Adrian Newman-Tancredi, PhD, DSc, CEO of Neurolixis commented: "We are excited to move to a proof-of-concept trial with NLX-112. The compound has a novel mechanism of action which has been extensively validated in laboratory tests. If the positive effects seen in the lab translate into a clinical setting, NLX-112 could significantly improve the quality of life of many people with Parkinson's for whom dyskinesia impairs their quality of life."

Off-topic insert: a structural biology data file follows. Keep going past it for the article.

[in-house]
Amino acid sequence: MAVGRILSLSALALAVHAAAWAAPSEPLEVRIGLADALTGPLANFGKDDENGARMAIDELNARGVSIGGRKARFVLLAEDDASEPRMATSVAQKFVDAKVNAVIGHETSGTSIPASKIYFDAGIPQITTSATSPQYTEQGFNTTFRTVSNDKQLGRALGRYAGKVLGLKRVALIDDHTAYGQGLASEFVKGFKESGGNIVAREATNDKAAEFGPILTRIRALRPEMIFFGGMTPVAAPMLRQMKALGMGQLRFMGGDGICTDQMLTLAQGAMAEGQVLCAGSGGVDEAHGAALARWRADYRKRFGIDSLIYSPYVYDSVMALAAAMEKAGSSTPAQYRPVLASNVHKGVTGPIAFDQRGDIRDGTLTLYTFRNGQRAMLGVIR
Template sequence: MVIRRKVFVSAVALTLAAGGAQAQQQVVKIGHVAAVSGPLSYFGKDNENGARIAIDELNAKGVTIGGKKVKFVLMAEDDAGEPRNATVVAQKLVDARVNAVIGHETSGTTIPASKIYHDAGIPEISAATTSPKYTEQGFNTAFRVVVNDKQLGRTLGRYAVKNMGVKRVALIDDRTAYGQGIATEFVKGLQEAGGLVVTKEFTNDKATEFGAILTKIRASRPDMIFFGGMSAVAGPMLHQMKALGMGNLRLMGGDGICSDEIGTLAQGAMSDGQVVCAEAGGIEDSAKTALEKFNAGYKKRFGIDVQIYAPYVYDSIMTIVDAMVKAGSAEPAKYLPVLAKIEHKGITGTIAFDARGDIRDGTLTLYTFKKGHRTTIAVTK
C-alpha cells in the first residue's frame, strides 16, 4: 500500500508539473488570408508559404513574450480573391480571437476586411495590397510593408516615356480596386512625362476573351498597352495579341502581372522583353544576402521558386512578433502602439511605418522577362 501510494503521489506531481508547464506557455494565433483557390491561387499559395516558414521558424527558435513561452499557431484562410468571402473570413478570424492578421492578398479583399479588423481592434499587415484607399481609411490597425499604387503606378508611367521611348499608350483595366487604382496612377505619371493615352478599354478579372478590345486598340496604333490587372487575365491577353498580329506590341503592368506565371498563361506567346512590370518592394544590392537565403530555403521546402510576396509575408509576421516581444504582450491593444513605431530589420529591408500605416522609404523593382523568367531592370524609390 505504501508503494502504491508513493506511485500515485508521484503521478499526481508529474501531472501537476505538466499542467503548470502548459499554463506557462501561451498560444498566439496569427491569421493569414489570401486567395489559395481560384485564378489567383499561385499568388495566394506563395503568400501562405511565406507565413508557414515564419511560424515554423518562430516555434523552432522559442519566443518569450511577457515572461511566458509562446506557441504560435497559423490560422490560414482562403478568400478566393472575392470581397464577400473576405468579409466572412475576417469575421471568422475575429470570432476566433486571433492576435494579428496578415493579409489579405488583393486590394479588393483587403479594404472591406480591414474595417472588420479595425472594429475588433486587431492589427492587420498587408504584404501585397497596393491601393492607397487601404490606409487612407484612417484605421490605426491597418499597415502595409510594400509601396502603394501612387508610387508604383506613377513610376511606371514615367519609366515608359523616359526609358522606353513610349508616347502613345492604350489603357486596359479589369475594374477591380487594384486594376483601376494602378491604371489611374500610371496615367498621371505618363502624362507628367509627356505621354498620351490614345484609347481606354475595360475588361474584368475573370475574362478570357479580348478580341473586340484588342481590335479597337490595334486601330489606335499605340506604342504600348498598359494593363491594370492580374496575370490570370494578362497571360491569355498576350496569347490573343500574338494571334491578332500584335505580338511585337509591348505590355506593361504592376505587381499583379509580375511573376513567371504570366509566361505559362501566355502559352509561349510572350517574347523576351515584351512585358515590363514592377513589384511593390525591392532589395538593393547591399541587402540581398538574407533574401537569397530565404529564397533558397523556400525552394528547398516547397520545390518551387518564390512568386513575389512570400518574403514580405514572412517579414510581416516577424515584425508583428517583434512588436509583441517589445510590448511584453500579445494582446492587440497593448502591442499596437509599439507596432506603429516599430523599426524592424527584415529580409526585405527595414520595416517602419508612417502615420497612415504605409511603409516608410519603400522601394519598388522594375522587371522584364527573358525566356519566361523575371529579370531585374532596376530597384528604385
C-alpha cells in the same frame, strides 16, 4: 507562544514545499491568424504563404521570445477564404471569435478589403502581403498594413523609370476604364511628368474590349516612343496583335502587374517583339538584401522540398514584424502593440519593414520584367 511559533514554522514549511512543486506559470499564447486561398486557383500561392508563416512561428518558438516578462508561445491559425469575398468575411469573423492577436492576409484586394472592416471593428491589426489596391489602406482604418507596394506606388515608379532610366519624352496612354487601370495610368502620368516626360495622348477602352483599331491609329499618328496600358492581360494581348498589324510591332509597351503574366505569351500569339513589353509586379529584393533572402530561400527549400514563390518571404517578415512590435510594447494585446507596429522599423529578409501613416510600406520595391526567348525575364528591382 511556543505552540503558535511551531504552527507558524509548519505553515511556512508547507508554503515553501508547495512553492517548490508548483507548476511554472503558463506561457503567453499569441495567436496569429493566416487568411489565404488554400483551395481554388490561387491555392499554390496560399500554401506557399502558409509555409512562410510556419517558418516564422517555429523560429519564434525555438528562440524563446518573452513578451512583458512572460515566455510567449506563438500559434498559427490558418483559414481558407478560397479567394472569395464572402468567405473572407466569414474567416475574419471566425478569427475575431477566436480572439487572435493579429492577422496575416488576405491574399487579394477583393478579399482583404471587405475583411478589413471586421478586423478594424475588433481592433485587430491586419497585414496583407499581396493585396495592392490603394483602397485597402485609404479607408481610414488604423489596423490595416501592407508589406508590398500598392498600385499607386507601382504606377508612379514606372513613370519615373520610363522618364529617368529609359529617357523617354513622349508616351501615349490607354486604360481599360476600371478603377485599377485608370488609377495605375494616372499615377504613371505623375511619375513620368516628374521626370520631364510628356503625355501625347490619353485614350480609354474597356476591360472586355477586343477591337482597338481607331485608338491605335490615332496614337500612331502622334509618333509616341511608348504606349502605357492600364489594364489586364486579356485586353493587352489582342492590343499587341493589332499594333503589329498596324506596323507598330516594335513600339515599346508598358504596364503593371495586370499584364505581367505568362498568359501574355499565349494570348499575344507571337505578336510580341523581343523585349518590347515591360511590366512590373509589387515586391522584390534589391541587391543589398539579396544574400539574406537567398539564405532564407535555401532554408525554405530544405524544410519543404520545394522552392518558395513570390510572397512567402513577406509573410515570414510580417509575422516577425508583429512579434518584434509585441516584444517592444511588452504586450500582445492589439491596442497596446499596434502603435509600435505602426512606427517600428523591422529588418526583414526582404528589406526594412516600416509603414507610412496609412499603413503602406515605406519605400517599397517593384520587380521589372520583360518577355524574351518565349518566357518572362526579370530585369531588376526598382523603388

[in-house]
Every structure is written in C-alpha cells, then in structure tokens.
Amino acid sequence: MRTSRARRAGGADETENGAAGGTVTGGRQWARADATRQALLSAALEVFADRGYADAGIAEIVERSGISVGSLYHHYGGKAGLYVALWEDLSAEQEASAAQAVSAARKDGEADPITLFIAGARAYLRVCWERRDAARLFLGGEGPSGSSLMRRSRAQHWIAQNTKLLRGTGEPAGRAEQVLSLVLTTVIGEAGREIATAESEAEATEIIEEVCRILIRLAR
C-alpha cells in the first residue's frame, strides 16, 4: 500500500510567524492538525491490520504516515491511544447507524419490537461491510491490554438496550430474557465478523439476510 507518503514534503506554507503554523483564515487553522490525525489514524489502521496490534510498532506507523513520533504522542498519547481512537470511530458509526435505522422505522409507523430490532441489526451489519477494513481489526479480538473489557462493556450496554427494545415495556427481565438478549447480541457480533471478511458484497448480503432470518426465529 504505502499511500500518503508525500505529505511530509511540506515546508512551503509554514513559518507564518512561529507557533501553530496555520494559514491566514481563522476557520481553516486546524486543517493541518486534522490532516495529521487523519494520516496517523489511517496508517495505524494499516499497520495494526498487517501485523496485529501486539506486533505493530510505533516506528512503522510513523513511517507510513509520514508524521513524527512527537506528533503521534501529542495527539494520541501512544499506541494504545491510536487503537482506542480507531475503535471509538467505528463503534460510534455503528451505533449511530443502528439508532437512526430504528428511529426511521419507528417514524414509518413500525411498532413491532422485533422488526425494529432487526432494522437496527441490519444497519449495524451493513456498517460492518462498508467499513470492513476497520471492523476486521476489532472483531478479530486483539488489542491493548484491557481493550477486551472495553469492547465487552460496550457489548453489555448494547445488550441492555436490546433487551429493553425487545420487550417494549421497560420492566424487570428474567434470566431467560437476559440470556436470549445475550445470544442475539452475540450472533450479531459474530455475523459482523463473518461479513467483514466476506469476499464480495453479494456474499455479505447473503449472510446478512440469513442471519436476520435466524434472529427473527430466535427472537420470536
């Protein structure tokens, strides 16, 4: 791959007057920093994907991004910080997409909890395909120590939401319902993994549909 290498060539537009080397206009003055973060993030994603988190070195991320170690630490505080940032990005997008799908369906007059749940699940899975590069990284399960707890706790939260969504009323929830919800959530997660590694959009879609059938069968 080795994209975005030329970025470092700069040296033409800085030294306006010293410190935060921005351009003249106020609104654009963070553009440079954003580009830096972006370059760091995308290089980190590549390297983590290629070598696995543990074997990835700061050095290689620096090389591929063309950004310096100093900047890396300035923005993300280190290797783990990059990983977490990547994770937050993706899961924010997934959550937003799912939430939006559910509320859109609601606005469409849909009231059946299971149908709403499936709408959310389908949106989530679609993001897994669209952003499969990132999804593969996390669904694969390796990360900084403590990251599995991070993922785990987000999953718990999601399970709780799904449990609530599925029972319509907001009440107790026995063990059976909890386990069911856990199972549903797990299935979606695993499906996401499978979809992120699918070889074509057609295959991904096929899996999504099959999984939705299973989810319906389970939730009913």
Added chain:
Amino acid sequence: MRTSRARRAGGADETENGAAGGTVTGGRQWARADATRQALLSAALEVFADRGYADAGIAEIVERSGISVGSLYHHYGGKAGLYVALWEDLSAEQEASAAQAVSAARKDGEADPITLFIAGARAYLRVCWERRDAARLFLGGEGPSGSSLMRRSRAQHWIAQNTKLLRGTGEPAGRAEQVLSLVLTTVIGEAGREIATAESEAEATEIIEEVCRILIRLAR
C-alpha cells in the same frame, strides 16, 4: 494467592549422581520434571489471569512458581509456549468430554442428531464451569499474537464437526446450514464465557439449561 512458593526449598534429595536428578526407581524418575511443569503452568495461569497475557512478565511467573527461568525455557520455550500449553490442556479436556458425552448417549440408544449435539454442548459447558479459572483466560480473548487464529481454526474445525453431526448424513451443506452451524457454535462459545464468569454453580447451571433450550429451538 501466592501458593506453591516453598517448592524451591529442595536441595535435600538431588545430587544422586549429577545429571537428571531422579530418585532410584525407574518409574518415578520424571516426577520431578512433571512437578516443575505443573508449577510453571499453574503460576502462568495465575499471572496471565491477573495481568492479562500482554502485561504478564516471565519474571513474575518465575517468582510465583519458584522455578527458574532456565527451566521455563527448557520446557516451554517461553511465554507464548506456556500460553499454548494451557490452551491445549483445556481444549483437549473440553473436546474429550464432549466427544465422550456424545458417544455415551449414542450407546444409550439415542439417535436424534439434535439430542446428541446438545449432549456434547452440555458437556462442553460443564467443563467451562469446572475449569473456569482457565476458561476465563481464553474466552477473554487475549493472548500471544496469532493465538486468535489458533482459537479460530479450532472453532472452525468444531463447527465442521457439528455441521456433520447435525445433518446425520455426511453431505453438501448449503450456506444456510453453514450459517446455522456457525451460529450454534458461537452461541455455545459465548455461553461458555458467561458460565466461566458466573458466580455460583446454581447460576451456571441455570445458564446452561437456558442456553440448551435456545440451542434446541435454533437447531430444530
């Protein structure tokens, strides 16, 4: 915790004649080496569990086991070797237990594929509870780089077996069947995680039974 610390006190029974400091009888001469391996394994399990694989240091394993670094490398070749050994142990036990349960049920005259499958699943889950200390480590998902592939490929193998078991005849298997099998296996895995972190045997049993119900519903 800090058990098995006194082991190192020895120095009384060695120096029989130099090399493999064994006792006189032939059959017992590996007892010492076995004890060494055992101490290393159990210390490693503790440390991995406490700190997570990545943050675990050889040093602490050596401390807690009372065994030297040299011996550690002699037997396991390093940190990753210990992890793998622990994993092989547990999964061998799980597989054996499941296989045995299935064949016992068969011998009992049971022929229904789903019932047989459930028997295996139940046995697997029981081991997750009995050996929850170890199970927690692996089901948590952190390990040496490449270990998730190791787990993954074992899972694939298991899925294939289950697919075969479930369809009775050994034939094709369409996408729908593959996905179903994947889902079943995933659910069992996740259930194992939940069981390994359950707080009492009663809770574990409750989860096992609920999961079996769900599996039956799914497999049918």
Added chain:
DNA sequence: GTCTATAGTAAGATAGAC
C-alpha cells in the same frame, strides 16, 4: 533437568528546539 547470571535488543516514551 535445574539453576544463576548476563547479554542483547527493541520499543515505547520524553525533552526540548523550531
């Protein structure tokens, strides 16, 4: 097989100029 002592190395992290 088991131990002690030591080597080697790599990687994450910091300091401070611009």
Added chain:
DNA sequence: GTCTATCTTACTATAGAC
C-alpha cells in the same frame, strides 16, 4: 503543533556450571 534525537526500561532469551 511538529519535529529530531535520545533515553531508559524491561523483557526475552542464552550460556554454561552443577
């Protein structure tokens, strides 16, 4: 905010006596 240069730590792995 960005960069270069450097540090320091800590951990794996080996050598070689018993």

About Parkinson's and Parkinson's UK
Parkinson's is what happens when the brain cells that make dopamine start to die. There are more than 40 symptoms, from tremor and pain to anxiety. Some are treatable, but the drugs can have serious side effects. It gets worse over time and there's no cure. Yet.
Parkinson's is the fastest growing neurological condition in the world. Around 145,000 people in the UK have Parkinson's.
For more facts and statistics, please click here.
Further information, advice and support is available on our website, www.parkinsons.org.uk.
About The Michael J. Fox Foundation for Parkinson's Research